Life in gardens: tea in Egypt

Tea in Egypt 1, Matson Col., LoCTea time in the front garden of Mena House, an hotel in Cairo, Egypt. Taken between 1934 and 1939 by the Photo Department of the American Colony of Jerusalem, via Library of Congress Prints and Photographs Division (both photos).

I think that tea has come too late for the lady in the foreground, who seems to have nodded off.

Tea in Egypt 3, Matson Col., LoCView of a pyramid from the front porch, Mena House, Cairo, Egypt.

The hotel opened in 1890 and featured Egypt’s first swimming pool.  Famous guests have included British and Egyptian royalty, Winston Churchill, Sir Arthur Conan Doyle, Agatha Christie, and Charlie Chaplin.

Vintage landscape: what a lovely idea

A garden party. . .

Bill Cunningham’s (always) charming fashion video in today’s New York Times, about The Newport Vintage Dance Week — here — made me think of these Library of Congress photos of bygone garden parties.

President and Mrs. Coolidge at White House garden party, June 3, 1926, by National Photo Company.

Click on any thumbnail below to scroll through larger photos of a variety of garden and lawn parties.

Vintage landscape: Gethsemane

I’ll take one more pass at the interesting photographs of the Library of Congress Matson Collection  (American Colony of Jerusalem).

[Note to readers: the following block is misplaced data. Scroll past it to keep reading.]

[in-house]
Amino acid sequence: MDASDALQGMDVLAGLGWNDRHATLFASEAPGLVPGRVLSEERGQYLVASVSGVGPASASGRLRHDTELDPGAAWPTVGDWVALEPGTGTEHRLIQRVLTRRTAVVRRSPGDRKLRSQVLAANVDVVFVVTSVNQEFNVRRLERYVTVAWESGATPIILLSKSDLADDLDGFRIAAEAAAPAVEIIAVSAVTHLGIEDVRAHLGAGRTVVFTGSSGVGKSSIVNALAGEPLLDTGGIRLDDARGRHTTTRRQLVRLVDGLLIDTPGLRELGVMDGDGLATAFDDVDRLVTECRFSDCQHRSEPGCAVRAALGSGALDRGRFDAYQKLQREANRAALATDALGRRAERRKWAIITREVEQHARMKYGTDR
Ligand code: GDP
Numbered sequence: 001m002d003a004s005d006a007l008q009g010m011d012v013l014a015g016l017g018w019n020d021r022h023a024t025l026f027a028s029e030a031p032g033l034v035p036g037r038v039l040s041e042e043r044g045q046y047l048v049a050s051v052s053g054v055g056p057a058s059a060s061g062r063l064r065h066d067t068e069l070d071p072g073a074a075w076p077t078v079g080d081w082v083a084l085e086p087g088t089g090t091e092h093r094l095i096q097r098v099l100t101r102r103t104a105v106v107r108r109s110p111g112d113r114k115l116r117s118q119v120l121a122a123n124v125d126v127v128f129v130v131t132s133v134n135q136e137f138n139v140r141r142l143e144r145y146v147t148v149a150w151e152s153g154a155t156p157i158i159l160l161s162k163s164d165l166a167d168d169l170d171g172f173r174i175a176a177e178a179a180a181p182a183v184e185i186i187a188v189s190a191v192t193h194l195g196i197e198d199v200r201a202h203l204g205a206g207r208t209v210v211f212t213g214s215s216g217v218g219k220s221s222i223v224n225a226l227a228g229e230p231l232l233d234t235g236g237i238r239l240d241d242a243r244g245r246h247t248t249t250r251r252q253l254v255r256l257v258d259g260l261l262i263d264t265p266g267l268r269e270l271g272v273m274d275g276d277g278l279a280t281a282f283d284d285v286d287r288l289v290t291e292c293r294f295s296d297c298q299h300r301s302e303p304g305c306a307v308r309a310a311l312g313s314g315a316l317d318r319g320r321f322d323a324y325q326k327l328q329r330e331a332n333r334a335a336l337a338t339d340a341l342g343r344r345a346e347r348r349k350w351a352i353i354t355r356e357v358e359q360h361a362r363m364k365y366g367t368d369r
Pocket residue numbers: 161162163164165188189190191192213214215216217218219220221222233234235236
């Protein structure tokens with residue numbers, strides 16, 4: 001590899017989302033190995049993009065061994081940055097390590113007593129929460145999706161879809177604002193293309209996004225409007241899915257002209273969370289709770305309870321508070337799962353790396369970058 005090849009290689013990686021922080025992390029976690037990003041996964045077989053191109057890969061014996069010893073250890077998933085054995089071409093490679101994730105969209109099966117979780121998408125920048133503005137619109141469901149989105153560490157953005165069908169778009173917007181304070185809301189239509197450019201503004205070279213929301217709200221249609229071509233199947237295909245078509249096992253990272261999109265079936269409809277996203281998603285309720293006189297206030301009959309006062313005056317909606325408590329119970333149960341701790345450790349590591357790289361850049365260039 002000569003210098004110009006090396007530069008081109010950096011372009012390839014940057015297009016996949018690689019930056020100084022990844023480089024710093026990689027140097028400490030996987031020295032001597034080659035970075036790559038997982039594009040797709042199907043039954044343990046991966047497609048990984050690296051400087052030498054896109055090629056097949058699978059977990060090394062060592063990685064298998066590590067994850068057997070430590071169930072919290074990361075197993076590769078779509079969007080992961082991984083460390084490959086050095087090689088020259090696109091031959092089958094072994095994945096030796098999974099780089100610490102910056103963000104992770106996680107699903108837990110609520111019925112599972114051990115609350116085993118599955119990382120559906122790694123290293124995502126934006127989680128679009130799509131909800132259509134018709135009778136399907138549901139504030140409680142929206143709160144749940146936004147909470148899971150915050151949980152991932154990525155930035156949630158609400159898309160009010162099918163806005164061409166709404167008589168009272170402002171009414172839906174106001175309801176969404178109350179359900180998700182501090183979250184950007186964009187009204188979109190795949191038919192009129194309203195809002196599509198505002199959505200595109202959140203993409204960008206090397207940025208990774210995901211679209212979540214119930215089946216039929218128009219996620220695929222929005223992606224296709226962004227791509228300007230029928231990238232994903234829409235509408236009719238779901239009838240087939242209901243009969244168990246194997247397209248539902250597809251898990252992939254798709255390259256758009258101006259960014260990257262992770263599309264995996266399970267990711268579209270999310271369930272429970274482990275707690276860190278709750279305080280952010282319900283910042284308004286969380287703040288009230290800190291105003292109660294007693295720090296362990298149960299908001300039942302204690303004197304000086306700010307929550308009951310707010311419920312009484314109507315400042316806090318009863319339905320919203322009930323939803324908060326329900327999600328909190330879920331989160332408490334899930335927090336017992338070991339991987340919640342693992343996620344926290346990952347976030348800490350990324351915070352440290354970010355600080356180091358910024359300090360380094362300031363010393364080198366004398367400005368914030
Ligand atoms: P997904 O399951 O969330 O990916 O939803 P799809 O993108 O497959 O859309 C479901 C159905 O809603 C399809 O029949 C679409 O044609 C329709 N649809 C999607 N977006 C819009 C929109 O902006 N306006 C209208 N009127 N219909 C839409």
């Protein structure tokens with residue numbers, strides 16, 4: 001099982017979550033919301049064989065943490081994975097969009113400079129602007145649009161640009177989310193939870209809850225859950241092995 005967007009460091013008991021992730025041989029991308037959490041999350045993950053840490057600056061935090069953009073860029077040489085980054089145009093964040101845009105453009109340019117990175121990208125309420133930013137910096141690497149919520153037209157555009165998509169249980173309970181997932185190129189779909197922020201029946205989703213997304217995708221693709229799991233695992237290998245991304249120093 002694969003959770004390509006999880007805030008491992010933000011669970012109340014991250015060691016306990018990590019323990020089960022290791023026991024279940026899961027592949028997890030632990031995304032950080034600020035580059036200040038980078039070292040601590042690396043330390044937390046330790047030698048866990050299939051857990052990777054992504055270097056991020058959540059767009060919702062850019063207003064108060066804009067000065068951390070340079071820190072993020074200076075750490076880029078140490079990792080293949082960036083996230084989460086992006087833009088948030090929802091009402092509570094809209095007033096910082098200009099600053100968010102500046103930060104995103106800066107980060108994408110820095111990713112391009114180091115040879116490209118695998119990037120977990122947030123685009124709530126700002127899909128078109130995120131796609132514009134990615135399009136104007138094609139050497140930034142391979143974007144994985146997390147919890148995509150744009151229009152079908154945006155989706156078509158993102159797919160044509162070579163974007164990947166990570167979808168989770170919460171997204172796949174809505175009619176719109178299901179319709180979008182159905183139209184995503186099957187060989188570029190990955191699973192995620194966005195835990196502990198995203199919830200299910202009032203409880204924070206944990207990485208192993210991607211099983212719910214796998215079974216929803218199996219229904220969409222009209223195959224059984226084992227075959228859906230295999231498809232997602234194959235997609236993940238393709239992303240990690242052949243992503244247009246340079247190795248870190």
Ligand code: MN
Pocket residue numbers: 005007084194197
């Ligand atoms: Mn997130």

“Garden of Gethsemane in snow,” February 28, 1938.

The American Colony photographers took many pictures of the Garden of Gethsemane during the first half of the 20th century. Presumably, they were big sellers in the Colony’s tourist shop near Jaffa Gate.

“Garden of Gethsemane semi-distant with overhanging olive branch,” c. 1898-1946.  The garden is in the middle of the photo.  Click the image to enlarge it.

‘Gethsemane’ is a Greek word derived from an Aramaic word for ‘oil-press.’ The Roman Catholic-administered garden is located at the foot of the Mount of Olives. It is one of four locations in the area currently claimed by different religions as the place where Jesus prayed the night before the crucifixion.

“Jerusalem. Gethsemane from convent roof showing city wall and Golden Gate.” Image hand-colored c. 1950 – 1970, but original black and white photo was probably taken earlier.

In the gospels of Matthew and Mark, it is called by a word meaning ‘place,’ ‘property,’ or ‘estate.’ In the gospel of John, the Greek word ‘kepos’ is used; it can mean ‘garden,’ but also ‘cultivated tract of land.’

“Garden of Gethsemane, inside enclosure.”

The first recorded pilgrimage to the site was made in 333 A.D. by the anonymous “Pilgrim of Bordeaux,” who recorded his travels in the Holy Land in Itinerarium Burdigalense.

“Jerusalem (El-Kouda, Garden of Gethsemane, interior),” c. 1898-1914.

The building attached to the garden, the Church of All Nations, was built in the 1920s. The garden’s olive trees are said to be 2,000, 1,000, or 900 years old, depending on the source.

“The terrible plague of locusts in Palestine, March-June 1915. The same garden after visitation by the locust.”

In 1915, a plague of locusts swept through Palestine, stripping areas — including the garden — of all vegetation. The American Colony was asked to photograph the devastation, which caused food shortages, by the Ottoman-Turkish governor for “Syria and Arabia.”

The Garden of Gethsemane remains a popular tourist and pilgrimage destination today.